In Re Randy L. Crook and John Wedman, Debtors.state of Oklahoma, Ex Rel. Commissioners of the Land Office, Appellant, v. Randy L. Crook and John Wedman, Appellees,andunited States of America, Defendant-intervenor-appellee, 966 F.2d 539 (10th Cir. 1992)Annotate this Case
May 12, 1992
Perry E. Kaufman, Asst. Gen. Counsel, State of Okl., Oklahoma City, Okl. (Dennis W. Arrow, Oklahoma City University School of Law, Oklahoma City, Okl., with him on the brief), for appellant.
Bruce G. Forrest, U.S. Dept. of Justice, Washington, D.C. (Stuart M. Gerson, Asst. Atty. Gen., Washington, D.C., Timothy D. Leonard, U.S. Atty., Oklahoma City, Okl., William Kanter, U.S. Dept. of Justice, Washington, D.C., with him on the brief), for defendant-intervenor-appellee.
John J. Jerome, Milbank, Tweed, Hadley & McCloy, Richard Lieb, Kronish, Lieb, Weiner & Hellman, New York City, filed an amicus curiae brief for the Ass'n of the Bar of the City of New York, The Committee on Bankruptcy and Corporate Reorganization.
Before ANDERSON, ALDISERT* and BRORBY, Circuit Judges.
ALDISERT, Senior Circuit Judge.
This appeal by the state of Oklahoma requires us to decide if the bankruptcy court's action in "writing down" a mortgage held by the state of Oklahoma violates the state's sovereign immunity under the Tenth and Eleventh Amendments. Oklahoma holds mortgages on property owned by two debtors in bankruptcy.
In reorganization proceedings, the bankruptcy code permits the court to "write down" certain debts, that is, to declare the debt to be secured up to the actual market value of the property, while any additional indebtedness becomes unsecured debt. 11 U.S.C. 506(a).1 This provision applies against the states. 11 U.S.C. § 106(c). Through the Commissioners of the Land Office, the state appeared specially in the bankruptcy court and argued that the Tenth and Eleventh Amendments to the United States Constitution forbade the court's segregation of the mortgages into secured and unsecured claims.
The bankruptcy court and the district court rejected Oklahoma's contention and reasoned that Congress' Article I bankruptcy power is superior to the state's Tenth and Eleventh Amendment sovereignty. We also reject Oklahoma's contention, but for different reasons. We conclude that the bankruptcy court had the power to write down the mortgages not on the basis of the comparative scope of Congress' Article I power, but rather on the basis of the particular species of relief granted here. The Supreme Court has long held that declaratory or injunctive relief against the states does not touch on the states' constitutional sovereignty, even though this relief results in some incidental expenditure of state funds. The bankruptcy court's order in the present case granted relief of exactly this sort; it did not award money damages. We affirm.
The debtors here sought the protection of the bankruptcy courts under the provisions of Chapter 12, 11 U.S.C. § 1201 et seq., covering family farms. The state argues that the bankruptcy court lacked jurisdiction to dispose of the state's mortgage. The district court's review of the bankruptcy court's final order was proper under 28 U.S.C. § 158(a). A timely appeal was taken, and this court has jurisdiction under 28 U.S.C. § 158(d).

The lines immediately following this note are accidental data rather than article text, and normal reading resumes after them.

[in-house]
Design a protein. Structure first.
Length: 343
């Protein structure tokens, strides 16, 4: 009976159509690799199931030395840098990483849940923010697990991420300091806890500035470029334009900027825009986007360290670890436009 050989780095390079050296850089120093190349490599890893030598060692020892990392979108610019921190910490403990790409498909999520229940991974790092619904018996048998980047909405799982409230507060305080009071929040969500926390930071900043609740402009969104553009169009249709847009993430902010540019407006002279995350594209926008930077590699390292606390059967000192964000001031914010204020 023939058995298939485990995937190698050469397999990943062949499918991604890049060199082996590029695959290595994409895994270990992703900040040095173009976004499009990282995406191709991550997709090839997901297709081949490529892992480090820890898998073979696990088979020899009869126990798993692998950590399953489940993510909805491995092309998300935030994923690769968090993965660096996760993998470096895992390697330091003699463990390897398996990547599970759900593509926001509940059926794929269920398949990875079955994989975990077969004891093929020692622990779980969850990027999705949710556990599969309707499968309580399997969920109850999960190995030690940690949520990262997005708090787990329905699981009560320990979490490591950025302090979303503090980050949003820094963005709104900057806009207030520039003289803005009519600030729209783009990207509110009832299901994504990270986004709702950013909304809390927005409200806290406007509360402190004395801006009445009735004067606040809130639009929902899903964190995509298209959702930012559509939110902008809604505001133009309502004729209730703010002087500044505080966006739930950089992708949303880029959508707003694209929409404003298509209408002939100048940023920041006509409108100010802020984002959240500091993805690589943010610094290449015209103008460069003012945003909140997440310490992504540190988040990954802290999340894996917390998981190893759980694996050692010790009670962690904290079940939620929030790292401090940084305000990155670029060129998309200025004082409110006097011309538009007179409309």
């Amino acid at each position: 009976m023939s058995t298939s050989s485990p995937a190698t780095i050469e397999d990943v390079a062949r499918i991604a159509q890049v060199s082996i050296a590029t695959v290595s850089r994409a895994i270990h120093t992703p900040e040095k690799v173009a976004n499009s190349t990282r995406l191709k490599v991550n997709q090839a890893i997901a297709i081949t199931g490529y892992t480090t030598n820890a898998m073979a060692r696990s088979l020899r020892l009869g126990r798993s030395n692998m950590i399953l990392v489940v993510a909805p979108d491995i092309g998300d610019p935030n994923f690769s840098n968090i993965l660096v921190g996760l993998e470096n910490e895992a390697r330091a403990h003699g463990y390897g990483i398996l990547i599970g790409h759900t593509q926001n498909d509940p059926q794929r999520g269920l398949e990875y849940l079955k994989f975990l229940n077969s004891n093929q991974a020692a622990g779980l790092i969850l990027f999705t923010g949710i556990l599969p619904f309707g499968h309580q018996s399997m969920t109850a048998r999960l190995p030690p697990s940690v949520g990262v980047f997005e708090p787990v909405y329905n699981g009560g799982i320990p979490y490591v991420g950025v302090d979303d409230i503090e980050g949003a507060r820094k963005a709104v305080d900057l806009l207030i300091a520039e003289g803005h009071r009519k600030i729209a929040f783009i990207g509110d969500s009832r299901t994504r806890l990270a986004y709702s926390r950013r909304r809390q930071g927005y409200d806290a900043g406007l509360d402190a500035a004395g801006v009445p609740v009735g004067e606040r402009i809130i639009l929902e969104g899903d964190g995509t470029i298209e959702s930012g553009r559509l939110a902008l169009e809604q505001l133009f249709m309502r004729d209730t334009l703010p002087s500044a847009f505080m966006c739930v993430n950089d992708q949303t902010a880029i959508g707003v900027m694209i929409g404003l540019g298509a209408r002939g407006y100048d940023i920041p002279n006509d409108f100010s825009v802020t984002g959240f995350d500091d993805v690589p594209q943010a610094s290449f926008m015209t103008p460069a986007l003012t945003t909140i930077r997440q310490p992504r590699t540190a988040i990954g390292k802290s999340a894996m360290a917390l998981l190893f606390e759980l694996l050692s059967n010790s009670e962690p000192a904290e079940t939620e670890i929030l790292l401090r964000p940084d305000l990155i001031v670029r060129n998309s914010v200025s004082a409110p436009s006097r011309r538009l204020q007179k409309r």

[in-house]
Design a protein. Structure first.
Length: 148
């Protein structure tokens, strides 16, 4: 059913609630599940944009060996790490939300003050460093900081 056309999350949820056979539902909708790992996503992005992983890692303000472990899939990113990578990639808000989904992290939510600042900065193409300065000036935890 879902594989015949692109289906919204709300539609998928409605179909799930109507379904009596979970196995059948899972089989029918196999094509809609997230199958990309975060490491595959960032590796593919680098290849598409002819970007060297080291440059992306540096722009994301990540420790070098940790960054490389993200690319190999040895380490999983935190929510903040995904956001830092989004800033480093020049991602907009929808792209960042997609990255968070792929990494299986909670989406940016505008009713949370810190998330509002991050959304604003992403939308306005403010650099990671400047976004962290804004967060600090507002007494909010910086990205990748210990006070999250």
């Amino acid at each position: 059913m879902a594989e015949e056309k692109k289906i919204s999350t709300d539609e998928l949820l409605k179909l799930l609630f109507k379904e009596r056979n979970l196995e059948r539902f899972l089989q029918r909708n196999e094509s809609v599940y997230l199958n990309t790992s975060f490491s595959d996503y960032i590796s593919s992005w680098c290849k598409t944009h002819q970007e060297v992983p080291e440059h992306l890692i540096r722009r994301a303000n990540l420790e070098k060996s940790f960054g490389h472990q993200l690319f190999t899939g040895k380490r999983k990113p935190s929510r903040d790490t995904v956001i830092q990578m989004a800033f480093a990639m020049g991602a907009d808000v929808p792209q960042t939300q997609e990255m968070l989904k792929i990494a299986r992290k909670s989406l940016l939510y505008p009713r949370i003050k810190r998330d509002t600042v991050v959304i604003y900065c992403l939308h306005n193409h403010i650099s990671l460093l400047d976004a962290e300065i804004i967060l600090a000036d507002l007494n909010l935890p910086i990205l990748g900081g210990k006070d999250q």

The facts in these consolidated cases are undisputed and identical in all material respects. Wedman and Crook each had mortgaged property to the Commissioners of the Land Office, an agency of the state of Oklahoma. The state foreclosed on the mortgages, and the debtors filed for bankruptcy under Chapter 12. As part of the debtors' reorganization plans, the bankruptcy court applied the provisions of 11 U.S.C. § 506(a):
An allowed claim of a creditor secured by a lien on property in which the estate has an interest ... is a secured claim to the extent of the value of such creditor's interest in the estate's interest in such property ... and is an unsecured claim to the extent that the value of such creditor's interest ... is less than the amount of such allowed claim.
Liens held by the state are also subject to this statutory mandate, by virtue of 11 U.S.C. § 106(c):
Except as provided in subsections (a) and (b) of this section and notwithstanding any assertion of sovereign immunity--
(1) a provision of this title that contains "creditor", "entity", of "governmental unit" applies to governmental units; and
(2) a determination by the court of an issue arising under such a provision binds governmental units.
"Governmental unit" is elsewhere defined to include the states and their departments, agencies and instrumentalities. Id. § 101(27). The exceptions set out in subsections (a) and (b) concern offsets and compulsory counterclaims and are not relevant here.
Applying these provisions, the bankruptcy court declared the state's notes to be secured only to the extent of the current market value of the properties; the amount of the debt exceeding the current market value was converted to unsecured debt. The state did not file proofs of claim but appeared specially to contest the bankruptcy court's constitutional authority to exercise jurisdiction over the state's mortgage interests. The court entered orders approving the debtors' reorganization plans, which included the writing down of the state's mortgage notes. These orders were made subject to the state's jurisdictional objection.